Personal satisfaction—that can be a goal even for us who have come to church to worship God, and it is a diversion from true worship. I do not wish to be harsh. But a few years ago in the United States a Gallup poll surveyed people's reasons for attending church. The target group attended at least monthly. 23% said it was for spiritual growth and guidance and a further 20% because it kept them grounded and inspired. 13% valued the fellowship of other members or of the church community. 12% said they had been brought up that way. 15% said it was their faith. 12% identified the reason as their belief in God. Just 15% said they went to church to worship God. So, for two thirds of the group it was about their spiritual growth or feeling inspired or enjoying the fellowship or the way they were brought up. The consumer society in religion. Me, me, me.
The wise men we must presume came to worship for God's own sake, to honour God for his beauty and goodness and loveliness. They also brought gifts: of gold recognising Jesus as king; frankincense honouring him as the Son of God; and myrrh, for embalming, recognising his future passion and death on the cross. The shadow of the cross falls over the stable, over the baby's crib. He was born for this. Many of the Christmas carols bear witness to this, even the jollier ones.
'The holly and the ivy, when they are both full grown,
Of all the trees that are in the wood, the holly bears the crown.
The holly bears a blossom as white as lily flower,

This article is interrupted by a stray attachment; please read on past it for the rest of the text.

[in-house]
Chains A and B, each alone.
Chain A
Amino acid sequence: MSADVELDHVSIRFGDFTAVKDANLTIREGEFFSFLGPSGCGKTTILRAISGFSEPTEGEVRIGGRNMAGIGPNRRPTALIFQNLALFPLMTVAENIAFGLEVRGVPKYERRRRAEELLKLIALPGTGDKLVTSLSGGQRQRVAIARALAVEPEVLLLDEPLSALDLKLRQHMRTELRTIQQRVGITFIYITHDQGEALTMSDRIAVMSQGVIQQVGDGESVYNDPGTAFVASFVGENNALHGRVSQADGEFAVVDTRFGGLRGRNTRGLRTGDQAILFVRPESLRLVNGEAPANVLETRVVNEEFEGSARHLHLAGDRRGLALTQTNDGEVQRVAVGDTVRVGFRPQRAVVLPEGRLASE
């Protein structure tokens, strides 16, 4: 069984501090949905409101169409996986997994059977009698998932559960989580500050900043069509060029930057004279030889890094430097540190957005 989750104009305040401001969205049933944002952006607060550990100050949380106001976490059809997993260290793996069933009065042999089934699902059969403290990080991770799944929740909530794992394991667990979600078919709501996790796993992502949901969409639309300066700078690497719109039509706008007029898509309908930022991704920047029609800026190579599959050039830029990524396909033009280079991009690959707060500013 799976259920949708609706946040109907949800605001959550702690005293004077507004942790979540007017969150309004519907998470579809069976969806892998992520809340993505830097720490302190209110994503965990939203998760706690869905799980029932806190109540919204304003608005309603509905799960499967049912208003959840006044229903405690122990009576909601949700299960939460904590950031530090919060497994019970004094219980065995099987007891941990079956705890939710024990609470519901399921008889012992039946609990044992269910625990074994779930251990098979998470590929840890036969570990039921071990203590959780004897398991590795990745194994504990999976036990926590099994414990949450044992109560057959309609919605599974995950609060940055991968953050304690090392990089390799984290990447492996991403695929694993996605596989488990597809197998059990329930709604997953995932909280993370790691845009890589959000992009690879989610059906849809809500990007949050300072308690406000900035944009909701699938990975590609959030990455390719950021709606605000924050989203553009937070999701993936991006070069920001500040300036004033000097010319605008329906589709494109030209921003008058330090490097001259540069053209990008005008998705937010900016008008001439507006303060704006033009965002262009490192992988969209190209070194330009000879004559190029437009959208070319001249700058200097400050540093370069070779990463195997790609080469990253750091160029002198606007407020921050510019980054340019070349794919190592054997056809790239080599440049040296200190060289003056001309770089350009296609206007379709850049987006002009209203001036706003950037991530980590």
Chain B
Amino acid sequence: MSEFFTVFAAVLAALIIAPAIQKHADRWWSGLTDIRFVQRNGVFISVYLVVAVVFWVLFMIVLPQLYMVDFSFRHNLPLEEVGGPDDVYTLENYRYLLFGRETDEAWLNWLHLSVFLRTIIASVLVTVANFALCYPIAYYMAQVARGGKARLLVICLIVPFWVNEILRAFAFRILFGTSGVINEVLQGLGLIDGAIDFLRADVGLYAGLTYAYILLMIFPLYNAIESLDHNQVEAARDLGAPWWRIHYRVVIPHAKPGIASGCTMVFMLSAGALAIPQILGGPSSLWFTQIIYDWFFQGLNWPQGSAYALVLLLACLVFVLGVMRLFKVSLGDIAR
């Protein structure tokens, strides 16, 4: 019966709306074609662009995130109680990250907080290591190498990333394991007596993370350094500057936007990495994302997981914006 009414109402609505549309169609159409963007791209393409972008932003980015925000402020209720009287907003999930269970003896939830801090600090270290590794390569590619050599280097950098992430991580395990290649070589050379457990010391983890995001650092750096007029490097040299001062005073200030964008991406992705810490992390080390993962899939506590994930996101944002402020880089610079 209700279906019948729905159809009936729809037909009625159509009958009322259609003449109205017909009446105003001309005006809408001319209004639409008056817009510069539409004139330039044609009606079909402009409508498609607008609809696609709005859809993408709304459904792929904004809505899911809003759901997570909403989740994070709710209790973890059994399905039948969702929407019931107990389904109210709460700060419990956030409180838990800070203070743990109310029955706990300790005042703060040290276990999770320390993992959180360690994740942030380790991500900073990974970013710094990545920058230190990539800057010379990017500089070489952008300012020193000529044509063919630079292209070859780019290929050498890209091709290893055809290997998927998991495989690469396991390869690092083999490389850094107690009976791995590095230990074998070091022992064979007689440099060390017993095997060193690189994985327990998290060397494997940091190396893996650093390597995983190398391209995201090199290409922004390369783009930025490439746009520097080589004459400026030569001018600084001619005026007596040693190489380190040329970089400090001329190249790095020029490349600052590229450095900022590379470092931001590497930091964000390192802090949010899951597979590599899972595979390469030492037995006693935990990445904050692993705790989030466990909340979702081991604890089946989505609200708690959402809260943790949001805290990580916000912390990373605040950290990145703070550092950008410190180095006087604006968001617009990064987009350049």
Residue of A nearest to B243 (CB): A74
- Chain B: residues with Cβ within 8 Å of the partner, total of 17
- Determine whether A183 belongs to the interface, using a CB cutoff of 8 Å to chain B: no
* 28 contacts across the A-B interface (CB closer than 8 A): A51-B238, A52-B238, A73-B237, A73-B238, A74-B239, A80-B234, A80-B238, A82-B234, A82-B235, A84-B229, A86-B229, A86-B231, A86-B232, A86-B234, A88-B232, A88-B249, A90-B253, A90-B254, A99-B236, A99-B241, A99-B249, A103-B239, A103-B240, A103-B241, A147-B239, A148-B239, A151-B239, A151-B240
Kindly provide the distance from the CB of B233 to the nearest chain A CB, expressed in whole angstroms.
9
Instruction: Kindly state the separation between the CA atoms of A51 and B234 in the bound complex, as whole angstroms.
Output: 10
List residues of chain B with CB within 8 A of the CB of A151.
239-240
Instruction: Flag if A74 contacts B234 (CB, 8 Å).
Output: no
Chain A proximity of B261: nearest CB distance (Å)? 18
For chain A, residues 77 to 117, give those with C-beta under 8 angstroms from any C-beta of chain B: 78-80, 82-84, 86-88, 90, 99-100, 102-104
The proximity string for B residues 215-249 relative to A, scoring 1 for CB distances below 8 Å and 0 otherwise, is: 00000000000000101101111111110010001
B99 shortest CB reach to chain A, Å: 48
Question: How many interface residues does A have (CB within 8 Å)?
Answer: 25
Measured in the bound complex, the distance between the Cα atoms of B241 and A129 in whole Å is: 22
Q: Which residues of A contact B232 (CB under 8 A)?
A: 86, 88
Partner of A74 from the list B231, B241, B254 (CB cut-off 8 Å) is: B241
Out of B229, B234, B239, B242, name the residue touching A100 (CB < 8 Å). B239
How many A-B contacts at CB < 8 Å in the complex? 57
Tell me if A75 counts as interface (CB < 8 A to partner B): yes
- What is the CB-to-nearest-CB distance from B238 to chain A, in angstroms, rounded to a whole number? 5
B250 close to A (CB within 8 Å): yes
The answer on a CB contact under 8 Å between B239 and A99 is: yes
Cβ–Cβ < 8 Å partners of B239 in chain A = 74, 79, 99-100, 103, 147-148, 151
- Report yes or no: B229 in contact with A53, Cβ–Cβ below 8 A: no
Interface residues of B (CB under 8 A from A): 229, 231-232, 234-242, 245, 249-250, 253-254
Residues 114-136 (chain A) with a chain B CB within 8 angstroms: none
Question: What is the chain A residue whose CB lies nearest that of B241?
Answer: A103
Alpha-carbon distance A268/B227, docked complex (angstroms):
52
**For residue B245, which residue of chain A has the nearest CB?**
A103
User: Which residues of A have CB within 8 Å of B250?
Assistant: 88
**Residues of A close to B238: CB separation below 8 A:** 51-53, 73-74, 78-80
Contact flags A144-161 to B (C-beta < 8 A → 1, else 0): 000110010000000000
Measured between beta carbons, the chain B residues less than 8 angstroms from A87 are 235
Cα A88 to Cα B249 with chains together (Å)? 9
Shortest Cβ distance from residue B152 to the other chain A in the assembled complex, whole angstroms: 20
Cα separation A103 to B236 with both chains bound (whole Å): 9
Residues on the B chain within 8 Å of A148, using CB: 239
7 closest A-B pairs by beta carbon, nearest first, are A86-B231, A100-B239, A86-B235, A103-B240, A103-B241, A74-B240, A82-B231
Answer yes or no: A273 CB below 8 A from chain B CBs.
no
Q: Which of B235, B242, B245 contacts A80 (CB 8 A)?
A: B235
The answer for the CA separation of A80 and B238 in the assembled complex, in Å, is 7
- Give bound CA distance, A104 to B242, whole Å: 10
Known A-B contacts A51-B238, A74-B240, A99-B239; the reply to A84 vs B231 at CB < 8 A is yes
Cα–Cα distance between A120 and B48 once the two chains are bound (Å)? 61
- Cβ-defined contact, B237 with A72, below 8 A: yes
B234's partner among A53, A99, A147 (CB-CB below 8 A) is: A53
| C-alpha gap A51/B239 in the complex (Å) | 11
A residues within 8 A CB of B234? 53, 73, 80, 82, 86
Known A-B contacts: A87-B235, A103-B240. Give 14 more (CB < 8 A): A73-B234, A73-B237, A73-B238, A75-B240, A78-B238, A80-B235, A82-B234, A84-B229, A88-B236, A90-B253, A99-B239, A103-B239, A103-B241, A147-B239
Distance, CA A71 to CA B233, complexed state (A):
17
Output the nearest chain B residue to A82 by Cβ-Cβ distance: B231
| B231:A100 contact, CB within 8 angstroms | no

And Mary bore sweet Jesus Christ to be our sweet Saviour.
The holly bears a bark as bitter as any gall,
And Mary bore sweet Jesus Christ for to redeem us all.'
Our salvation is a free and beautiful gift of God's grace, worked through the life, death and resurrection of our Lord Jesus Christ. But we must see and acknowledge its cost. A costly gift demands a costly response. Jesus gives himself for us and for our salvation. We give ourselves in worship to him. We offer him our lives, if we are to take up our cross and follow him. In baptism, we die to ourselves that we may live to him.
Words of St Paul to the Romans, 'I appeal to you therefore, brothers and sisters, by the mercies of God, to present your bodies as a living sacrifice, holy and acceptable to God, which is your spiritual worship.'
And these words of T S Eliot in the Journey of the Magi:
All this was a long time ago, I remember,
And I would do it again, but set down
This set down
This: were we led all that way for
Birth or Death? There was a Birth, certainly,
We had evidence and no doubt. I have seen birth and death,
But had thought they were different; this Birth was
Hard and bitter agony for us, like Death, our death.
We returned to our places, these Kingdoms,
But no longer at ease here, in the old dispensation,
With an alien people clutching their gods.
I should be glad of another death.